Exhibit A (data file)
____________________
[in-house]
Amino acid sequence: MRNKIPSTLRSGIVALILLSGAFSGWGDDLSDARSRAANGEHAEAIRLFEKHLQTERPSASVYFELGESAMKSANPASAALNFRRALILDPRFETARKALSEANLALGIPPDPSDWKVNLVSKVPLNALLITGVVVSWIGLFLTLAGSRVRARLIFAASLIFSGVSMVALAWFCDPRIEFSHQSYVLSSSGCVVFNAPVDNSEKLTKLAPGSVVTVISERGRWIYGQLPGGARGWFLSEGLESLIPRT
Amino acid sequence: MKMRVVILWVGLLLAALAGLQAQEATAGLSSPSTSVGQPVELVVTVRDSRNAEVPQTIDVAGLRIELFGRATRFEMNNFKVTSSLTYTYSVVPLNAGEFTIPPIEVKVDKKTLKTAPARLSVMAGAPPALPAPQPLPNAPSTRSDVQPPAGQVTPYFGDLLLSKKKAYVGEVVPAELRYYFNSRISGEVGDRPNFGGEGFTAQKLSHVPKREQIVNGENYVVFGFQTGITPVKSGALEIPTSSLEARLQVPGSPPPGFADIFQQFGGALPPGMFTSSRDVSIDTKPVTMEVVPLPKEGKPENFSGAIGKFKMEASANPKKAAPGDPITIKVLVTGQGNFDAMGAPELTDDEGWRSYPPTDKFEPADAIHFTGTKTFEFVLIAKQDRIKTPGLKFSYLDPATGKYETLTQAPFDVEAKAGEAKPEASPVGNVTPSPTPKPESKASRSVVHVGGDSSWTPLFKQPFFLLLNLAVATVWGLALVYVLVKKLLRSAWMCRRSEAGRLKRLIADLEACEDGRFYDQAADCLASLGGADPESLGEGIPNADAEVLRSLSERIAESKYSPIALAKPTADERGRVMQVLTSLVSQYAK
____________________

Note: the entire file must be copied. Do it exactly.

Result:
[in-house]
Amino acid sequence: MRNKIPSTLRSGIVALILLSGAFSGWGDDLSDARSRAANGEHAEAIRLFEKHLQTERPSASVYFELGESAMKSANPASAALNFRRALILDPRFETARKALSEANLALGIPPDPSDWKVNLVSKVPLNALLITGVVVSWIGLFLTLAGSRVRARLIFAASLIFSGVSMVALAWFCDPRIEFSHQSYVLSSSGCVVFNAPVDNSEKLTKLAPGSVVTVISERGRWIYGQLPGGARGWFLSEGLESLIPRT
Amino acid sequence: MKMRVVILWVGLLLAALAGLQAQEATAGLSSPSTSVGQPVELVVTVRDSRNAEVPQTIDVAGLRIELFGRATRFEMNNFKVTSSLTYTYSVVPLNAGEFTIPPIEVKVDKKTLKTAPARLSVMAGAPPALPAPQPLPNAPSTRSDVQPPAGQVTPYFGDLLLSKKKAYVGEVVPAELRYYFNSRISGEVGDRPNFGGEGFTAQKLSHVPKREQIVNGENYVVFGFQTGITPVKSGALEIPTSSLEARLQVPGSPPPGFADIFQQFGGALPPGMFTSSRDVSIDTKPVTMEVVPLPKEGKPENFSGAIGKFKMEASANPKKAAPGDPITIKVLVTGQGNFDAMGAPELTDDEGWRSYPPTDKFEPADAIHFTGTKTFEFVLIAKQDRIKTPGLKFSYLDPATGKYETLTQAPFDVEAKAGEAKPEASPVGNVTPSPTPKPESKASRSVVHVGGDSSWTPLFKQPFFLLLNLAVATVWGLALVYVLVKKLLRSAWMCRRSEAGRLKRLIADLEACEDGRFYDQAADCLASLGGADPESLGEGIPNADAEVLRSLSERIAESKYSPIALAKPTADERGRVMQVLTSLVSQYAK